Daycon Files Writ of Cert. Concerning Recess Appointments: Ben James of Law360 ($$) writes Daycon products filed a writ of certiorari with the Supreme Court last week, asking the Justices to resolve the validity of National Labor Relations Board ex-member Craig Becker’s recess appointment. The issues raised in the brief in support essentially mirror those raised in Noel Canning’s brief, which was filed with the Court earlier this year.
“A decision that does not resolve the lawfulness of Becker’s appointment will only prolong the uncertainty regarding the decisions in which he participated and leave intact a conflict among the circuit’s regarding the president’s recess-appointment power,” the June 13 petition said.
In its January ruling, the D.C. Circuit in Noel Canning found that President Obama’s intra-session recess appointments to the National Labor Relations Board were constitutionally invalid. While the D.C. Circuit’s decision did not directly address former member Becker’s appointment, its logic would find Becker’s appointment to have been invalid as well. We are eagerly awaiting the Supreme Court’s decision as to whether to take up the Noel Canning matter and will certainly keep you posted with any updates.
BART Strike on the Horizon: CBS San Francisco reports that Bay Area Rapid Transit (BART) workers have begun dropping leaflets throughout the San Francisco area yesterday as negotiations with management officials over a new collective-bargaining agreement have become increasingly hostile. The Service Employees International Union (SEIU) and the Amalgamated Transit Union (ATU) represent the more than 2,500 unionized workers that could walk off the job when their current contracts expire on July 1. We will certainly keep you updated as these talks move toward a resolution.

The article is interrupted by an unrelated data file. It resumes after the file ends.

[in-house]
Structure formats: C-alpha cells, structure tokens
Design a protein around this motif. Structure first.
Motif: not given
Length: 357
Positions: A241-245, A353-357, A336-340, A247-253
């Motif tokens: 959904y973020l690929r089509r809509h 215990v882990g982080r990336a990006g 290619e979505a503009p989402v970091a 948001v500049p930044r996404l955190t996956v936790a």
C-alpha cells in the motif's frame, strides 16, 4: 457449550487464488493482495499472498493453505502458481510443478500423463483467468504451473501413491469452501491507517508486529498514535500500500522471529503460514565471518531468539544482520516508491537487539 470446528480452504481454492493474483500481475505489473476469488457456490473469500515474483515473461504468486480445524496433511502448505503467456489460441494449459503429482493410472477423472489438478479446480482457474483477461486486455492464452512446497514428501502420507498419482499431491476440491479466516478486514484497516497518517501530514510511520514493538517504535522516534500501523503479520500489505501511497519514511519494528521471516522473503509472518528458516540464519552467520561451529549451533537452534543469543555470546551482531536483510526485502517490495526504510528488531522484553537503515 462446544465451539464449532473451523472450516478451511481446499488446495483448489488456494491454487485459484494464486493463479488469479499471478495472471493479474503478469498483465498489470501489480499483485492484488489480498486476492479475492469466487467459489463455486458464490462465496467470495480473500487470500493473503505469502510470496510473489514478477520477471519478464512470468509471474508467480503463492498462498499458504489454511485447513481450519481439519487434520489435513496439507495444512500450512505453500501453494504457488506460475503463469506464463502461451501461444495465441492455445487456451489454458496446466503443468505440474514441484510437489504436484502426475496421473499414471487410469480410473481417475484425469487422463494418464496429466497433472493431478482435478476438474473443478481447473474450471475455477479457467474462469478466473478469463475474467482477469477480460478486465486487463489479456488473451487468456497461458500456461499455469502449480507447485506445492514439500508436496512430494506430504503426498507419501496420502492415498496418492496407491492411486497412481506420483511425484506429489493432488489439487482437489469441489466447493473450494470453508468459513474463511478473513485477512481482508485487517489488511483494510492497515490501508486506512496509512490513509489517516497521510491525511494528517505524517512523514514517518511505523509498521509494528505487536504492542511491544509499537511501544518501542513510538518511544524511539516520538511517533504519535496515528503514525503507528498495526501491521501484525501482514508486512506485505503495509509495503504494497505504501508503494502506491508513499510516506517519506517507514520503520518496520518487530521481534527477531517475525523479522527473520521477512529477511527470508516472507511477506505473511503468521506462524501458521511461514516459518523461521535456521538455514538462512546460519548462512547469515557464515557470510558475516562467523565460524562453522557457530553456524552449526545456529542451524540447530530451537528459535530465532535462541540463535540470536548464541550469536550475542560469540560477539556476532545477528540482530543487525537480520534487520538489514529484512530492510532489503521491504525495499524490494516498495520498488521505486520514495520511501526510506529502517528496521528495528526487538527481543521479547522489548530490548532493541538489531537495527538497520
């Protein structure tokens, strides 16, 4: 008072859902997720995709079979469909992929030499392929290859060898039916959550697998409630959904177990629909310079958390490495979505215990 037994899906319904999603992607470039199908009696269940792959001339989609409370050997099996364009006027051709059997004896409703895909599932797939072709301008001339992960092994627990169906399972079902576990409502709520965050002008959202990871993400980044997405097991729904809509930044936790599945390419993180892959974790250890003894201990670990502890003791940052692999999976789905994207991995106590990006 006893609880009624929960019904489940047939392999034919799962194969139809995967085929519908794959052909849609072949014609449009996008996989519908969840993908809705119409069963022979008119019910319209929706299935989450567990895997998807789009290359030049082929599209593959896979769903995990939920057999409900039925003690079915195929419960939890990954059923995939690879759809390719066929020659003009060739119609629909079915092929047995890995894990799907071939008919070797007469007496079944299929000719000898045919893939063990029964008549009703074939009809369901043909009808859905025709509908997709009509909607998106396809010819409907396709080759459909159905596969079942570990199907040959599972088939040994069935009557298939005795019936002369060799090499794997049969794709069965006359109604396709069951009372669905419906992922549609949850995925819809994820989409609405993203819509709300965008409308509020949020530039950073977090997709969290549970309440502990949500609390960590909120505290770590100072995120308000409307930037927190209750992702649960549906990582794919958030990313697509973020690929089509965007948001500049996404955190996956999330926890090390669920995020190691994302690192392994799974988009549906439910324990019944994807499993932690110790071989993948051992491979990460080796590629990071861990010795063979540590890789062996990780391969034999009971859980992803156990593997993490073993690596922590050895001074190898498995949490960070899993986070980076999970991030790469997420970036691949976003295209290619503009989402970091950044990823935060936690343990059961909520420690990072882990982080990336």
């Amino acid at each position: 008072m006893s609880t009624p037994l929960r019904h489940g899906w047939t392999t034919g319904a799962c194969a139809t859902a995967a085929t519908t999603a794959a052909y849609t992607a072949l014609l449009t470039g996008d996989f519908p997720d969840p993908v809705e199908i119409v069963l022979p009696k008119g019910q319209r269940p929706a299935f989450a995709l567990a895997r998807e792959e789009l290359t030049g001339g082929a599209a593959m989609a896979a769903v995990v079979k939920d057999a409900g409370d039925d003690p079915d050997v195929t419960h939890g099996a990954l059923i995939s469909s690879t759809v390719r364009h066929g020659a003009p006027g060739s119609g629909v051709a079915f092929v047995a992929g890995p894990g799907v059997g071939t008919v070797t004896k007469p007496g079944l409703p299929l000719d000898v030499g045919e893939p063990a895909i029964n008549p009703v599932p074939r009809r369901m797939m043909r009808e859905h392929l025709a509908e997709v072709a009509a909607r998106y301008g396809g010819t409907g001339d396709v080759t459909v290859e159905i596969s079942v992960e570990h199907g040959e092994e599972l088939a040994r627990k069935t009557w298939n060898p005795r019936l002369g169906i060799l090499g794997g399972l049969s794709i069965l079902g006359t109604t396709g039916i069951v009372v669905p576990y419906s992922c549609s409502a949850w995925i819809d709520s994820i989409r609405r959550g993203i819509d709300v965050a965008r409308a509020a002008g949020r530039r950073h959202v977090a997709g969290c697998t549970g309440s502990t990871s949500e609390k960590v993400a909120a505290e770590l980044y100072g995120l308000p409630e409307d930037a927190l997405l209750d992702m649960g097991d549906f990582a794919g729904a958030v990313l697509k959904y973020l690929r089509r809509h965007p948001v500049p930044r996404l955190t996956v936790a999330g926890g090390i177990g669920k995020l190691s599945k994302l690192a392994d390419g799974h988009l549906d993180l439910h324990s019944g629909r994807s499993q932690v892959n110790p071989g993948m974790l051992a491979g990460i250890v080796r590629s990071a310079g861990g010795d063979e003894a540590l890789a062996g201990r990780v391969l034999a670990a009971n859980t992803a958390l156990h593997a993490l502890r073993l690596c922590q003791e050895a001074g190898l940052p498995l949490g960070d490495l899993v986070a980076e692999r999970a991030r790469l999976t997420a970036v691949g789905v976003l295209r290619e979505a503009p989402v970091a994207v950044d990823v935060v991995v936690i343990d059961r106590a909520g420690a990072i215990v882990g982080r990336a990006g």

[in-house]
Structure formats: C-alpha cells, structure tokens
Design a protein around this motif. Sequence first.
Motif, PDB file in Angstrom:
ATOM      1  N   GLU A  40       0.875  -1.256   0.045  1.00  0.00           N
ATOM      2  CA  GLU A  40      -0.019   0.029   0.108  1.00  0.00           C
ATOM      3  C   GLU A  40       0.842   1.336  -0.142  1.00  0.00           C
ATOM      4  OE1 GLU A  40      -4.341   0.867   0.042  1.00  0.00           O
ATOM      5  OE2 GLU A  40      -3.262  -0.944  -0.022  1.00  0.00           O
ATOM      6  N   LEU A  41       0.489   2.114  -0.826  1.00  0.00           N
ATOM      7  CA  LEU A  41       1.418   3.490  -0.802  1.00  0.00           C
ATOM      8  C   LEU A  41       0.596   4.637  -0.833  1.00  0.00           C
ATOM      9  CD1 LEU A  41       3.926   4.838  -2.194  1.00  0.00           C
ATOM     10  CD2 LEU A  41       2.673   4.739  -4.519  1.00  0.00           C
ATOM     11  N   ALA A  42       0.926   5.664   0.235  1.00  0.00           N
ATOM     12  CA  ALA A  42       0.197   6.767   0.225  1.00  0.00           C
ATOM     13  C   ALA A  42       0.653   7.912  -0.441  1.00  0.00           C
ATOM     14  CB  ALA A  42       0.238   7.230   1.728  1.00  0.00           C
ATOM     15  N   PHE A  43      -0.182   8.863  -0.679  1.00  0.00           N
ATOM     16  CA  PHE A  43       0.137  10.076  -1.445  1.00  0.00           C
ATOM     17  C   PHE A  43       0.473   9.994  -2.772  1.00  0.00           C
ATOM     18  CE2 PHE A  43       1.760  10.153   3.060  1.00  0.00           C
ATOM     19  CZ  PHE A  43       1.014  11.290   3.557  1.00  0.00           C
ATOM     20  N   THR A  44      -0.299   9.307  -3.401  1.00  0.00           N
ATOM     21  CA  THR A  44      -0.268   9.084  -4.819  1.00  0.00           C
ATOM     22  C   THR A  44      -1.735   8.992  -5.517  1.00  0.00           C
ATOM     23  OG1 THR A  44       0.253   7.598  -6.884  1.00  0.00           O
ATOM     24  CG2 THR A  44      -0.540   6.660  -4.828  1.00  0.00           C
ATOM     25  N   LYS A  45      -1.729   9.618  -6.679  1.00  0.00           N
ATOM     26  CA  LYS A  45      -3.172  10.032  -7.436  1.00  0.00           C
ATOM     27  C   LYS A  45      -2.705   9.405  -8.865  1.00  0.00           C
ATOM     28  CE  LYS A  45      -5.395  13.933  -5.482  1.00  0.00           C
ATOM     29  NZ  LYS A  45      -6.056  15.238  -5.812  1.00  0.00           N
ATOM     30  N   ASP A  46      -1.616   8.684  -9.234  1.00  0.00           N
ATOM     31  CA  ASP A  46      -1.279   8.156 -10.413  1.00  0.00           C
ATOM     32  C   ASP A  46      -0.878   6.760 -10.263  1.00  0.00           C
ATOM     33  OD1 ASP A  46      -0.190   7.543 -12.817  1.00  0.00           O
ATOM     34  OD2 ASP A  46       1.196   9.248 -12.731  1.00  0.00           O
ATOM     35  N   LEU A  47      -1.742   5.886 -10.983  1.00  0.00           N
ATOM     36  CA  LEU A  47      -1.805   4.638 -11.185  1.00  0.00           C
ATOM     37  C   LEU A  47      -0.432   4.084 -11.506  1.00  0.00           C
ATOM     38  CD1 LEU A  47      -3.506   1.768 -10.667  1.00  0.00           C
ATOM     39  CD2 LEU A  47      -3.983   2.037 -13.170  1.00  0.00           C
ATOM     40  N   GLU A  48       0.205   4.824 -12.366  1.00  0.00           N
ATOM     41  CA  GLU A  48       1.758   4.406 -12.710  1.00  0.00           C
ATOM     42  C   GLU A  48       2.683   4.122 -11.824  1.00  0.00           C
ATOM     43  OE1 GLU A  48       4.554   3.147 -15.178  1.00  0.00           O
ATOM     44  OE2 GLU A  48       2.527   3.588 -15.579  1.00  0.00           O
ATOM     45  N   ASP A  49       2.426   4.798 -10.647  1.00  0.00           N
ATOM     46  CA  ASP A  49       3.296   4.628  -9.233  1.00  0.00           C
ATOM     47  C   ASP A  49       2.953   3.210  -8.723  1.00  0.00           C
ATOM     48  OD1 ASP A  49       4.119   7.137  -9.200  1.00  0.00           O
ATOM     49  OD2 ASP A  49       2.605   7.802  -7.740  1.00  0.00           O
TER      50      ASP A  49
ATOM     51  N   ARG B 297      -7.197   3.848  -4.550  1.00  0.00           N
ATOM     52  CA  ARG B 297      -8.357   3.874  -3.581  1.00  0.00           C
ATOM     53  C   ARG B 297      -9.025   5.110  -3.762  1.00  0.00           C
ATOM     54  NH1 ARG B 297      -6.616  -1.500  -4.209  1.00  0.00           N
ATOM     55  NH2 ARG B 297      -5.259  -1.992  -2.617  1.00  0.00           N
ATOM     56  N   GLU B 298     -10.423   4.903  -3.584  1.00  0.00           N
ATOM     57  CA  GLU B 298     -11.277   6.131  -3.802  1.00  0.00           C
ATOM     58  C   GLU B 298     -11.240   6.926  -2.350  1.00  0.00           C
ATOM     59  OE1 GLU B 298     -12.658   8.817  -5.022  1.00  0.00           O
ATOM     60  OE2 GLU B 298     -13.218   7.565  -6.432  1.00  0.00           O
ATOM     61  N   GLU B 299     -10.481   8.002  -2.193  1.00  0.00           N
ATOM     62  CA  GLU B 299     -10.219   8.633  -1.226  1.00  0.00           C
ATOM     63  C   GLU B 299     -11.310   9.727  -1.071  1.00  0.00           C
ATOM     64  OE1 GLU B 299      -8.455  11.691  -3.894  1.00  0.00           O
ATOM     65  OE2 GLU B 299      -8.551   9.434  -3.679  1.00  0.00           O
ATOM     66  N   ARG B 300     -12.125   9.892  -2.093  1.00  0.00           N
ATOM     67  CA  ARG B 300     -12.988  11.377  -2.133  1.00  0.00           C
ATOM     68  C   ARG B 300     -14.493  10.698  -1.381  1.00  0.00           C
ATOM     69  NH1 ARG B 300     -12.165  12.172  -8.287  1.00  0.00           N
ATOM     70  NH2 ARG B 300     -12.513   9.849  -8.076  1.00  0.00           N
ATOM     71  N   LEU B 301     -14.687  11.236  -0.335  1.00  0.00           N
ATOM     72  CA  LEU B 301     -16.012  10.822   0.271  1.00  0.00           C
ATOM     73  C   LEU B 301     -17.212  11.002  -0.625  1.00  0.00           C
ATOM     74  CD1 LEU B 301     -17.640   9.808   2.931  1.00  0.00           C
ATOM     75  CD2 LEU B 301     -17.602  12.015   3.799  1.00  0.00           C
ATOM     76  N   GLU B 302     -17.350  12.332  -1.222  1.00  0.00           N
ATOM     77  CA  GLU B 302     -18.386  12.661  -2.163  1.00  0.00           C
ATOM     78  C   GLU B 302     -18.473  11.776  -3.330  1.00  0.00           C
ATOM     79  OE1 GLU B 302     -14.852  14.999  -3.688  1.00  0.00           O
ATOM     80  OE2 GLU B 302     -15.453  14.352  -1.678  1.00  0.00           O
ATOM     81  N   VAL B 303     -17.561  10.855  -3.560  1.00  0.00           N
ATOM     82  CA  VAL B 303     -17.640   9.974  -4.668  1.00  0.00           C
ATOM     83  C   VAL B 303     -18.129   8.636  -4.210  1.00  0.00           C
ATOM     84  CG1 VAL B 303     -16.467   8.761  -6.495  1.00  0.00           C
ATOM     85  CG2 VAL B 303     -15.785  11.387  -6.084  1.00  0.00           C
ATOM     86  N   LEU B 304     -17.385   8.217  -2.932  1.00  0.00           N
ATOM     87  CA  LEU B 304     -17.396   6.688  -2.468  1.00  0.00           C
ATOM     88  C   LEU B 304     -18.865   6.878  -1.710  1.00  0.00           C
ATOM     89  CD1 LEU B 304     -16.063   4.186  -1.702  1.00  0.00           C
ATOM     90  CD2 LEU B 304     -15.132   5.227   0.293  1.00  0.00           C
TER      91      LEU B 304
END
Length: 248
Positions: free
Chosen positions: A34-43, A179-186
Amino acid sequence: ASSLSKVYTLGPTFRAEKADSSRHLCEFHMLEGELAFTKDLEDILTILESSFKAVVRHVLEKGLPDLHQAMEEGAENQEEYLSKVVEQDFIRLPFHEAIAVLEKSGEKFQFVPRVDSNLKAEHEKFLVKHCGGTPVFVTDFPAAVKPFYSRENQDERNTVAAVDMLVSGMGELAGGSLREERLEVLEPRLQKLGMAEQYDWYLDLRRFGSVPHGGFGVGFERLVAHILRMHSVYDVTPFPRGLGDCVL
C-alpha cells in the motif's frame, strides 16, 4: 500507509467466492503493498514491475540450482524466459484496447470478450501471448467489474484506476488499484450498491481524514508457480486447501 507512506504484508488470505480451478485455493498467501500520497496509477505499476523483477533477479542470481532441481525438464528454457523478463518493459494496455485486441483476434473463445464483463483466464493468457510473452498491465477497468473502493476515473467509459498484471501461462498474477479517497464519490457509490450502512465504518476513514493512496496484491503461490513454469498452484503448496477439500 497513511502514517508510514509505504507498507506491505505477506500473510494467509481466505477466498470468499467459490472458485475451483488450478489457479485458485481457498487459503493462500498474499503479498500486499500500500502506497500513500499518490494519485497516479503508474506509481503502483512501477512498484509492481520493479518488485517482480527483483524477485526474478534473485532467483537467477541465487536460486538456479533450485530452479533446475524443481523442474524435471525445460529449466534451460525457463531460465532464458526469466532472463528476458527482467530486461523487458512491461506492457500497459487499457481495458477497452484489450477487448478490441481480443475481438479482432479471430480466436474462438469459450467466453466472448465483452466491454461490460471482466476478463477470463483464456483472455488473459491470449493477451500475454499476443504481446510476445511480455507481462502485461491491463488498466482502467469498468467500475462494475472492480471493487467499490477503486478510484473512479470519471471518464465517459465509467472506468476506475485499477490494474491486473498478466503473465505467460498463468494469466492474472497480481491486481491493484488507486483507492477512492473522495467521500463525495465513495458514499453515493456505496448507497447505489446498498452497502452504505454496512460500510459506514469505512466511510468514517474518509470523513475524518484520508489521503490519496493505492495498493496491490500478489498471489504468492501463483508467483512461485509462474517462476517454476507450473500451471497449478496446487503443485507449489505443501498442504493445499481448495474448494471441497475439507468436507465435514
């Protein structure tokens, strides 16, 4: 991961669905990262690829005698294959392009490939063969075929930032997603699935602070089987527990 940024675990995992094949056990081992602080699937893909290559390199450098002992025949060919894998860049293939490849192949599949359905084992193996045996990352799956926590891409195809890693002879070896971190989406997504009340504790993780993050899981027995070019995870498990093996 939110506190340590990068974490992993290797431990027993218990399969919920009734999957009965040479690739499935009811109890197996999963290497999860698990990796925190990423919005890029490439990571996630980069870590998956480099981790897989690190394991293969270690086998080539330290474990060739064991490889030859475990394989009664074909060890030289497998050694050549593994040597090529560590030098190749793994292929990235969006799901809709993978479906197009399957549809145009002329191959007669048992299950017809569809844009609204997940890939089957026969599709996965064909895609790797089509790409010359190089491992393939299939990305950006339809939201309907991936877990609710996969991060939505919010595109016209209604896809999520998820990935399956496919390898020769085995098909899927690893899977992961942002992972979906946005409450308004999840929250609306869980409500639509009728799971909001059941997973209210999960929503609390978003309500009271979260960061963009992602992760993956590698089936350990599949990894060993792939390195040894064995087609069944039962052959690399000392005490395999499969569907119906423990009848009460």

Soap Stars, Management Settle Labor Dispute: Todd Spangler at Variety writes Prospect Park and the International Alliance of Theatrical Stage Employees have settled their labor dispute, paving the way for the resumption of filming both "One Life to Live" and "All My Children." While terms of the new deal delegating labor costs were not announced, the parties both acknowledged in a joint statement that they were pleased with the outcome.
“We are pleased that that the parties were able to successfully address their concerns in a mutually beneficial way, which will enable these innovative shows to continue to be produced with our talented crews,” IATSE Local 600 rep David Blake said in a statement.
Prospect Park had previously run into several other labor disputes earlier this year, but has settled with both the Screen Actors Guild and the Writers Guild of America.